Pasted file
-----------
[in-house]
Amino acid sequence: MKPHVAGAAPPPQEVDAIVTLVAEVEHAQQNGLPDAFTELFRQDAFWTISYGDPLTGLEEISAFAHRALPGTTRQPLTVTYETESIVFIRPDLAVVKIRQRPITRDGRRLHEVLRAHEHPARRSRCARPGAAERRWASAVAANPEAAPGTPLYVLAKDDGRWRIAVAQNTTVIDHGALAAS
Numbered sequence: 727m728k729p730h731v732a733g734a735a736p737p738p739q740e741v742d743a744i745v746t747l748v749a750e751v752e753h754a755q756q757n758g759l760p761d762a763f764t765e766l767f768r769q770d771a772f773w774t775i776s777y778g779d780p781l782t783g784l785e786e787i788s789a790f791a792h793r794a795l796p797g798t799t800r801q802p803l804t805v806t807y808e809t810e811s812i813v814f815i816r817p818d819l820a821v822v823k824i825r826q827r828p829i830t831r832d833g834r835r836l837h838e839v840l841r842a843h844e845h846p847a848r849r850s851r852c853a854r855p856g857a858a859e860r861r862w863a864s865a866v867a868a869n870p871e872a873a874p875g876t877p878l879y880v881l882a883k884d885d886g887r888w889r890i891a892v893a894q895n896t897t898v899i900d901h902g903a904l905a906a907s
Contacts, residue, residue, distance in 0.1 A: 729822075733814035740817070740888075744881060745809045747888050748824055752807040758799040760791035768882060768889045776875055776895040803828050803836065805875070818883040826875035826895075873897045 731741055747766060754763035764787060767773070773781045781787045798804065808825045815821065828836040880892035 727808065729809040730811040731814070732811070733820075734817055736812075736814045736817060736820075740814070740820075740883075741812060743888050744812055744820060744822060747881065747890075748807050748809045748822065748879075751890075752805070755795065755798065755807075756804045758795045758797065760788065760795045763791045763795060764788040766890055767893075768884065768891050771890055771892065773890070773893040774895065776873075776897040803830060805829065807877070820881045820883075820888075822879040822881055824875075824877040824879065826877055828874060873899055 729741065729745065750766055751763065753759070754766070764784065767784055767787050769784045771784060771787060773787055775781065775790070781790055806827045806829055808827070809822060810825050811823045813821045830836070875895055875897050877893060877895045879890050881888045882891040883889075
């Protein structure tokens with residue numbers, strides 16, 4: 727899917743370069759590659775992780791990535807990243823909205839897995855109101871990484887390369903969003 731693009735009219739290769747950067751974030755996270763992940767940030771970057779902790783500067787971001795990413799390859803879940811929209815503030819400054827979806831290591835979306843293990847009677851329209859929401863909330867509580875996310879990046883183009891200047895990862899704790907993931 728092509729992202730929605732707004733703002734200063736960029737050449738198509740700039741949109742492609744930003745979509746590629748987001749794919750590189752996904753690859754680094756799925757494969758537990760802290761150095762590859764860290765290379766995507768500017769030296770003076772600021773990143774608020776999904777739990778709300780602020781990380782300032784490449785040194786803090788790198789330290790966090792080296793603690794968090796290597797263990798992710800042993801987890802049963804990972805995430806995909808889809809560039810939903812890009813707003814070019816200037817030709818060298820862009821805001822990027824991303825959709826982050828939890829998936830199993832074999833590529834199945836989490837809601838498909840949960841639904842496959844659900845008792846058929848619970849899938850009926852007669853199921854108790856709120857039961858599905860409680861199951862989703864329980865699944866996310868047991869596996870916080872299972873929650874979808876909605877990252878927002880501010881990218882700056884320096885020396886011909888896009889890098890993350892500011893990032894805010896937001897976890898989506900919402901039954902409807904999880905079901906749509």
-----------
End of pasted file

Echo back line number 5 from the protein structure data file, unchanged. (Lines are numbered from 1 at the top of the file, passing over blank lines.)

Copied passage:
């Protein structure tokens with residue numbers, strides 16, 4: 727899917743370069759590659775992780791990535807990243823909205839897995855109101871990484887390369903969003 731693009735009219739290769747950067751974030755996270763992940767940030771970057779902790783500067787971001795990413799390859803879940811929209815503030819400054827979806831290591835979306843293990847009677851329209859929401863909330867509580875996310879990046883183009891200047895990862899704790907993931 728092509729992202730929605732707004733703002734200063736960029737050449738198509740700039741949109742492609744930003745979509746590629748987001749794919750590189752996904753690859754680094756799925757494969758537990760802290761150095762590859764860290765290379766995507768500017769030296770003076772600021773990143774608020776999904777739990778709300780602020781990380782300032784490449785040194786803090788790198789330290790966090792080296793603690794968090796290597797263990798992710800042993801987890802049963804990972805995430806995909808889809809560039810939903812890009813707003814070019816200037817030709818060298820862009821805001822990027824991303825959709826982050828939890829998936830199993832074999833590529834199945836989490837809601838498909840949960841639904842496959844659900845008792846058929848619970849899938850009926852007669853199921854108790856709120857039961858599905860409680861199951862989703864329980865699944866996310868047991869596996870916080872299972873929650874979808876909605877990252878927002880501010881990218882700056884320096885020396886011909888896009889890098890993350892500011893990032894805010896937001897976890898989506900919402901039954902409807904999880905079901906749509």